Actually, June is dripping – at least it is tonight as I write this on the 17th. I haven’t had to water my lawn at all and getting up at dawn to water your lawn is very much the Southern Thing, I am told.
When we last left off, Veeka and I were canoeing down the Buffalo River. From there, we repaired to Branson, Mo., of which I had heard lots about. Sufficient to say I can understand why they say it’s a one-visit kind of place. It’s fun to see the shows, and we saw Dolly Parton’s Dixie Stampede one night and a sight-and-sound presentation on the biblical story of Joseph. It was a toss-up between that and the Chinese acrobats and I’m glad we picked Joseph, as it was quite a production with live animals and lots of scenery that suggested the Pyramids. We spent our second day at Silver Dollar City, a nice enough amusement park where Veeka enjoyed her first roller coaster while I sat, white-knuckled. There’s something abut growing older that causes you to lose your sense of balance and zest for doing anything fast. I hate anything that goes up and down fast – used to be fine with that sort of thing but not now. I’m glad we dropped by Branson and I’m very grateful to Ann Rodgers, a friend who gave us seven nights in two of her time shares as I cannot imagine the expense otherwise. And Veeka loved the pools in both places. But I can’t see us going back, really.
Our next two days were spent driving across Missouri, Indiana and Illinois – ahead of some tornadoes as it turns out – to get to a conference of advisers for school newspapers at Christian colleges. That was quite refreshing but it was up in Michigan; hence more than 600 miles to get there. From there, we drove south to just south of Dayton where we visited the VanZandts, long-time friends although I’d never met their kids nor Heidi, the female half of the couple. Dave and I go back to 1975, where we met while at an art museum in Paris. I had just arrived in Europe to study for five months; he was about to leave after having been there for awhile. Heidi knows everything about homeschooling and great books for kids, so it was wonderful to get some tips from her about books to give Veeka.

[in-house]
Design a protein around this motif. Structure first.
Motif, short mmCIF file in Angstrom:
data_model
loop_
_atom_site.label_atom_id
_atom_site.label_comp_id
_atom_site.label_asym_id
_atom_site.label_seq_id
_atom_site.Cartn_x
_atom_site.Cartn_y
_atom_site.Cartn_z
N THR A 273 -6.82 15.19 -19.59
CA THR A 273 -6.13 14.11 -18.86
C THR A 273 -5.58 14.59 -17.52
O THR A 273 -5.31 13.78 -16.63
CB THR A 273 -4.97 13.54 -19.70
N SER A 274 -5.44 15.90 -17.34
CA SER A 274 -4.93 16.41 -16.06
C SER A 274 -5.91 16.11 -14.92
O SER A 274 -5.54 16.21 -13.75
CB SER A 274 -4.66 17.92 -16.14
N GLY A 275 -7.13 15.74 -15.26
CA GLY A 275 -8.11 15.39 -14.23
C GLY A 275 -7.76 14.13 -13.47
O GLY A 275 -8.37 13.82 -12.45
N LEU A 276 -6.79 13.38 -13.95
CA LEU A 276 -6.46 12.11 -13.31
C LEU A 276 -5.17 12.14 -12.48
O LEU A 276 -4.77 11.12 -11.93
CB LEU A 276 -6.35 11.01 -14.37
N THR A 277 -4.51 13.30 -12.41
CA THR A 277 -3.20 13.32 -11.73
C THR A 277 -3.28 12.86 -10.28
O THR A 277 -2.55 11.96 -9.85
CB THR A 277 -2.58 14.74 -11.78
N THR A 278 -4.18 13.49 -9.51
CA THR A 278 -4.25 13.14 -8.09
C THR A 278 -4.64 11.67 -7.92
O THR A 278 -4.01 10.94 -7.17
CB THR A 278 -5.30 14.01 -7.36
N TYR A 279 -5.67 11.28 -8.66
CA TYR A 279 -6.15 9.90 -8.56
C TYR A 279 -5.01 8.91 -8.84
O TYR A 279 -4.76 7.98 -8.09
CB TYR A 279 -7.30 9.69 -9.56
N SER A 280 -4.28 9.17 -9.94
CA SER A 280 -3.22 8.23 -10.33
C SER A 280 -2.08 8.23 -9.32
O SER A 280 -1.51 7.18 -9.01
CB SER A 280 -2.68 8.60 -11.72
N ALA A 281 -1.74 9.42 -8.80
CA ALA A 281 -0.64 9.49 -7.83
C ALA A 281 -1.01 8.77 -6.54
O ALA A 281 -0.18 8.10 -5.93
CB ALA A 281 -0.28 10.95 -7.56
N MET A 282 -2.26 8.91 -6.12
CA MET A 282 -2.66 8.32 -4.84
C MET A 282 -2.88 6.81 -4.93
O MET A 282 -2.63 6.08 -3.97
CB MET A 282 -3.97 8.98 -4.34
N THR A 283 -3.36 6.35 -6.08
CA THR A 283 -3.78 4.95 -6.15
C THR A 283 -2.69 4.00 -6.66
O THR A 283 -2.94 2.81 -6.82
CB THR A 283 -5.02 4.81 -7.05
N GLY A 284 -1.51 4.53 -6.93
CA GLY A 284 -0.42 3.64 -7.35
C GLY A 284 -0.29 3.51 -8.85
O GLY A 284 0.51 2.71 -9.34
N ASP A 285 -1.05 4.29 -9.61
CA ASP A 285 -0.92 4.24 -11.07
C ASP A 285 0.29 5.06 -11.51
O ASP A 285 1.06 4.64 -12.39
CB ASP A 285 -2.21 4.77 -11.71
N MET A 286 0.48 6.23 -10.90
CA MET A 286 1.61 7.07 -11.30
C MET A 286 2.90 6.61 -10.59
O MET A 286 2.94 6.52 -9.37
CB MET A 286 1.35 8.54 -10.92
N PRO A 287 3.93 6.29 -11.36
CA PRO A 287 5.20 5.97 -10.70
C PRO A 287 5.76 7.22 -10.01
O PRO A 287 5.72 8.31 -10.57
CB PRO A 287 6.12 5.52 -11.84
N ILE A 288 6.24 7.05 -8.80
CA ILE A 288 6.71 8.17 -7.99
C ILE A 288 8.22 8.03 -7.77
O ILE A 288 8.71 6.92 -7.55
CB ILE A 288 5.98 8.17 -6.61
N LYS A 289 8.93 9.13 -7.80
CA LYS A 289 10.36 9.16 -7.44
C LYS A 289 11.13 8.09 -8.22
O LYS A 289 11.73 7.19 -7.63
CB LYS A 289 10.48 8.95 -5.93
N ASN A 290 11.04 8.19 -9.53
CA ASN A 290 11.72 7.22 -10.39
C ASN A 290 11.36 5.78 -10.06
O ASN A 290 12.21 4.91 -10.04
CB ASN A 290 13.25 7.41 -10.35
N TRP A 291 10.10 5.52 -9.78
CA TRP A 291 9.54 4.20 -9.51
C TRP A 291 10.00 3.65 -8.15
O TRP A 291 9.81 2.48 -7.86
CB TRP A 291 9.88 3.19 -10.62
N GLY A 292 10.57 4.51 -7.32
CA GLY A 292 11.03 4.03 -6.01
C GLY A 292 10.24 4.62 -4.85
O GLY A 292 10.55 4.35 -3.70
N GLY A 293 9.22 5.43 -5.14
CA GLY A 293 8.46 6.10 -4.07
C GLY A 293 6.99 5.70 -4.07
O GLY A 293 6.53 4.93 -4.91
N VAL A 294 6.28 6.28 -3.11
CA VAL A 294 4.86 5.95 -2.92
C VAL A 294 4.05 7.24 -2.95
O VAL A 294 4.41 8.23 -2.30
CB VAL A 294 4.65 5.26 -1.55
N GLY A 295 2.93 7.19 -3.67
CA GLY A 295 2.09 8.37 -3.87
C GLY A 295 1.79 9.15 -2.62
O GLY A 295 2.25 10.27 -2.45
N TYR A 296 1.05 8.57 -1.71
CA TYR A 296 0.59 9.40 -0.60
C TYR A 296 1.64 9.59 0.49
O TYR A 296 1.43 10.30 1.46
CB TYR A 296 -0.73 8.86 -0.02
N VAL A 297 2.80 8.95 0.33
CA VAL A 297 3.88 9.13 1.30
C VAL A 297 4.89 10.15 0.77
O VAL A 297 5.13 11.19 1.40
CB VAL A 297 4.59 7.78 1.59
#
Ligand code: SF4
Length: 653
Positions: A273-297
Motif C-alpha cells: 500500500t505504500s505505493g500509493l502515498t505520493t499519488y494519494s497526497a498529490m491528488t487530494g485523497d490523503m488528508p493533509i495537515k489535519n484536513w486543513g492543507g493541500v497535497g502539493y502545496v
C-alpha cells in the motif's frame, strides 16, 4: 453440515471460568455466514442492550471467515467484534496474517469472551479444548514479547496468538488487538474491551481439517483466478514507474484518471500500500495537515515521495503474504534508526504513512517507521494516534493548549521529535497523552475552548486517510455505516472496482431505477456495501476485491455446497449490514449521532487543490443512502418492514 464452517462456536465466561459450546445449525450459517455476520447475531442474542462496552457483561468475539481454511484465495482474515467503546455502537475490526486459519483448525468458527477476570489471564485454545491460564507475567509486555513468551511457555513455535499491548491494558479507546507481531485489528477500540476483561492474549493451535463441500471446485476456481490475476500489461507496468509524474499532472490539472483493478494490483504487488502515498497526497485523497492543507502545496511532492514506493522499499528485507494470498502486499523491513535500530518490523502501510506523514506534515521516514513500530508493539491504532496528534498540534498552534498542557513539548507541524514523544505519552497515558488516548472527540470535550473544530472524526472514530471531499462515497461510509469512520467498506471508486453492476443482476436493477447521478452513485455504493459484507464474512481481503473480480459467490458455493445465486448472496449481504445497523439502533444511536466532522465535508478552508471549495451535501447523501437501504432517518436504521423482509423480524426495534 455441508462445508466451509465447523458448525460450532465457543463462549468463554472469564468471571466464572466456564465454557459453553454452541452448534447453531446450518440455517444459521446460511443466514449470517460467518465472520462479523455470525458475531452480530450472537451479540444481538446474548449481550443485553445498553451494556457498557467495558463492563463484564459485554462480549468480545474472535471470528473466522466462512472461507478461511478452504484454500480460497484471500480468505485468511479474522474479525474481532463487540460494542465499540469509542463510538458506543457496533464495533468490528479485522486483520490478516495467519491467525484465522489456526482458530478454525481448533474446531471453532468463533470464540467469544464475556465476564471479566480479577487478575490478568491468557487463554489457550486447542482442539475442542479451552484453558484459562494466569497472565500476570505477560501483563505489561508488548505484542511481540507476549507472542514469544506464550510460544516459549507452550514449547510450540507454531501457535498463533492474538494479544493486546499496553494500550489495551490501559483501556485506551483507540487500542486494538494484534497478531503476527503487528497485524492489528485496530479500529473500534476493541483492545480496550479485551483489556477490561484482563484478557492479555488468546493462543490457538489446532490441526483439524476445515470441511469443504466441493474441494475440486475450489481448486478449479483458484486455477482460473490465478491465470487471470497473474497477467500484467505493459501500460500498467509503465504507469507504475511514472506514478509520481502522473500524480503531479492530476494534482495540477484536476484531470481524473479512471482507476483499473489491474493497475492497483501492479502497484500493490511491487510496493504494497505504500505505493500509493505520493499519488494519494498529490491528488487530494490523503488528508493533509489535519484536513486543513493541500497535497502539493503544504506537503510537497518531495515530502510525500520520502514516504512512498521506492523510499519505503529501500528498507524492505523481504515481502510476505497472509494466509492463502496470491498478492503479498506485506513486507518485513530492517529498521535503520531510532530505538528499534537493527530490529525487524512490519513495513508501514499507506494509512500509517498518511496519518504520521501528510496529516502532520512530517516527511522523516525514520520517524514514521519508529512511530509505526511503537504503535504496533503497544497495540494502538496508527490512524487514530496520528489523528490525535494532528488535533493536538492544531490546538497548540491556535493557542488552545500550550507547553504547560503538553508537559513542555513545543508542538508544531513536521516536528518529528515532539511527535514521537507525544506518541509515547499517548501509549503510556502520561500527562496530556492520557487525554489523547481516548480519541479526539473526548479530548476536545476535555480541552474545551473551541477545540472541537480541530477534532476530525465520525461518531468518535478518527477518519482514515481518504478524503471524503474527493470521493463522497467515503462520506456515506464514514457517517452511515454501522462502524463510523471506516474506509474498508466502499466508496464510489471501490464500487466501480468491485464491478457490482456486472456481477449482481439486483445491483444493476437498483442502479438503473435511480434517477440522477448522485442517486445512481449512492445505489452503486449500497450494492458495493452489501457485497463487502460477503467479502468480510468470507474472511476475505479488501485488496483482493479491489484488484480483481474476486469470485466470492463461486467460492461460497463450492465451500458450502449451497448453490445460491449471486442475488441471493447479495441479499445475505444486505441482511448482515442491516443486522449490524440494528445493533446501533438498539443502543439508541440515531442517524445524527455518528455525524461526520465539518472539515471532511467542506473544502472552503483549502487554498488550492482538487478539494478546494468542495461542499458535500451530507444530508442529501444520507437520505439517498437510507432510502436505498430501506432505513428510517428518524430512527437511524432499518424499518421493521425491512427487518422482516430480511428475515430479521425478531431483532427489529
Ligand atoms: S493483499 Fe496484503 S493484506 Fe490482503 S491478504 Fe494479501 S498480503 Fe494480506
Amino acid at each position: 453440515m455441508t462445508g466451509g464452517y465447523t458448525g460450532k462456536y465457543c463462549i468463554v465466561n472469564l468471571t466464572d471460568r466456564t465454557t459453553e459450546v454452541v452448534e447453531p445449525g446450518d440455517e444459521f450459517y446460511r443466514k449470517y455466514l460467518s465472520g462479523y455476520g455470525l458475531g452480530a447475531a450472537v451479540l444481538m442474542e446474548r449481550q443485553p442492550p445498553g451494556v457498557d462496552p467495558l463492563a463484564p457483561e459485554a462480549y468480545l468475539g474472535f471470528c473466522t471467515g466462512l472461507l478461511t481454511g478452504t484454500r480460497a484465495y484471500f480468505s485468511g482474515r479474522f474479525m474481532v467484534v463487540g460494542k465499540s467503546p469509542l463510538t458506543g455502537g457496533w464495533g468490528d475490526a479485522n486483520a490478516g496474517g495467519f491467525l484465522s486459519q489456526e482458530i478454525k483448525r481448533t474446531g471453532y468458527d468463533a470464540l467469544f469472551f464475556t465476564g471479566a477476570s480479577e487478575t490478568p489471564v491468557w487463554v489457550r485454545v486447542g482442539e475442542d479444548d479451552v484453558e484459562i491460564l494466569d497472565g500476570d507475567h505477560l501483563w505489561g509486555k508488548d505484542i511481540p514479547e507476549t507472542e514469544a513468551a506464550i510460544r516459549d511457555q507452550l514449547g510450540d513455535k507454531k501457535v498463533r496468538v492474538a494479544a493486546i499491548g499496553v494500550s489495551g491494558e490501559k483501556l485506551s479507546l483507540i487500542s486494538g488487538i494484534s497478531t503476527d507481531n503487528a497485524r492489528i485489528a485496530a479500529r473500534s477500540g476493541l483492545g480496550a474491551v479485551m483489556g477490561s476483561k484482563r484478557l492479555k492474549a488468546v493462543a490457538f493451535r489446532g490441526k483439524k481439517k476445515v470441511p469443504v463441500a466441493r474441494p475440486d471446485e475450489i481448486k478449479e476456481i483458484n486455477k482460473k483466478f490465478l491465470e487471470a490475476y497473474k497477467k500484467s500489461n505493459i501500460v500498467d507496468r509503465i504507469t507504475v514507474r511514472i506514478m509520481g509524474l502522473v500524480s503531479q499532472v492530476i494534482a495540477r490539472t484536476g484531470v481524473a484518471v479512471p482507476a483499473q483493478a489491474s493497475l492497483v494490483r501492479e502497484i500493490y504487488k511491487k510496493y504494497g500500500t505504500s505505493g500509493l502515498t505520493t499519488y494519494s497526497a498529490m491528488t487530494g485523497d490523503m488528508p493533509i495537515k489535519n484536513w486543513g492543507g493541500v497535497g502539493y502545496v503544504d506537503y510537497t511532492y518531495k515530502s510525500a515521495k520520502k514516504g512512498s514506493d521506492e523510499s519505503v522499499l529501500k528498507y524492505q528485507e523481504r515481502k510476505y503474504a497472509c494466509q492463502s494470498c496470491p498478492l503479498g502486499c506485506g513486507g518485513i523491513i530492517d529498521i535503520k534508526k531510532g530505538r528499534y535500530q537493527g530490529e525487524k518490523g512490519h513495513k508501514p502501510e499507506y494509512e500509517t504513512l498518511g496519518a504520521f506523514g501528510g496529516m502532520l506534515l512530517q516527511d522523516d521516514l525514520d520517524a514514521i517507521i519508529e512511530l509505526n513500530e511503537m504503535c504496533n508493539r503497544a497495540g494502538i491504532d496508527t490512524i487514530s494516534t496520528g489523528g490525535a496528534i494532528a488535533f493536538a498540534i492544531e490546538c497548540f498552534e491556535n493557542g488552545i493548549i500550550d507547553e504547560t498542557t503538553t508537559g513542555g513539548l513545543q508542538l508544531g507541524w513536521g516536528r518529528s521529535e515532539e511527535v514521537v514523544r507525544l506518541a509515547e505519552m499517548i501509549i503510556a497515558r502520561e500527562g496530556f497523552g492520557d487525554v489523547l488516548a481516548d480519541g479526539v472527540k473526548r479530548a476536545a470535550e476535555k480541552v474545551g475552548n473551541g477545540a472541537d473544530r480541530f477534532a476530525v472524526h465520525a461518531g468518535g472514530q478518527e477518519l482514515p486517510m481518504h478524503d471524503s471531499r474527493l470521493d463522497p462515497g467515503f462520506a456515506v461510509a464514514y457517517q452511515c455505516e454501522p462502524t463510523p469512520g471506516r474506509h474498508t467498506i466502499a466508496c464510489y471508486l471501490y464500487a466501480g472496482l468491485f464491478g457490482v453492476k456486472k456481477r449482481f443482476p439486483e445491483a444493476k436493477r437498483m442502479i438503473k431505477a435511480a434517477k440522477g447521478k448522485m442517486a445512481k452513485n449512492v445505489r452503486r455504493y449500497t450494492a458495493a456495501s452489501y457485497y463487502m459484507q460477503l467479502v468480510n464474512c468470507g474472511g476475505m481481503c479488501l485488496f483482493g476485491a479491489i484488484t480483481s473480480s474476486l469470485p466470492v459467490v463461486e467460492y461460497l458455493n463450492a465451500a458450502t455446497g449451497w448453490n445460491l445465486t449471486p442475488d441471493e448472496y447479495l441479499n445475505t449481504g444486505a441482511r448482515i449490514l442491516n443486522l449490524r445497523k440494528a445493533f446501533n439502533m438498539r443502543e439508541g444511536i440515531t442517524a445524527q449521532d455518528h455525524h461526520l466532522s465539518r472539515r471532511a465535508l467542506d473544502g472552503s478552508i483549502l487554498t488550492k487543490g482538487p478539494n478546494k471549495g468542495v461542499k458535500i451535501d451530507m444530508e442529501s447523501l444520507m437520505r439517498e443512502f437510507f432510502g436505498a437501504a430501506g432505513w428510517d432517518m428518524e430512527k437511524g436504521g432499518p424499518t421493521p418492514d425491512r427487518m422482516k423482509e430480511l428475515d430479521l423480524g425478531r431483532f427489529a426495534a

From there, we pushed south past Louisville and stopped at Cave City for the night so we could see the Mammoth Caves. My parents never were out that way when I was growing up so this was new for me. We explored the New Entrance cave which comes with a lot of steps. Veeka was a real trooper and she eventually enjoyed the trip although I didn’t find the caves as pretty as the Blanchard Springs caves we’d visited the week before. The best part of the day was the hot tub at the local Best Western. The weather went sour on us the next day, so instead of dropping into the Land Between the Lakes area, we headed south for Nashville. Then the sun came out, so we dropped by Loretta Lynn’s dude ranch on the way home. Having to explain ‘Loretta Lynn’ and ‘country music’ to Veeka took some doing but I’ll wager it’s music she likes. I’m trying to build a love of classical music in her and just yesterday she *asked* to listen to violin music, so I’m hoping for good things before she turns into a teenager. We got home June 5 and a few days later I turned around and bought a 15-inch MacBook. Which is part of the reason why I’ve not been doing these blog entries as I am still getting used to working this thing and figuring out all sorts of new stuff. That requires lots of 88-mile trips to the nearest Apple store in Memphis, unfortunately and there are already a few bugs to work out. My old one was definitely showing its age, so I’ve already passed it onto a friend who seems to be making very good use of it. Buying an Apple products require such a steep learning curve that it’s best done during the summer when there’s more free time. Which is why I bought the first Mac in August six years ago.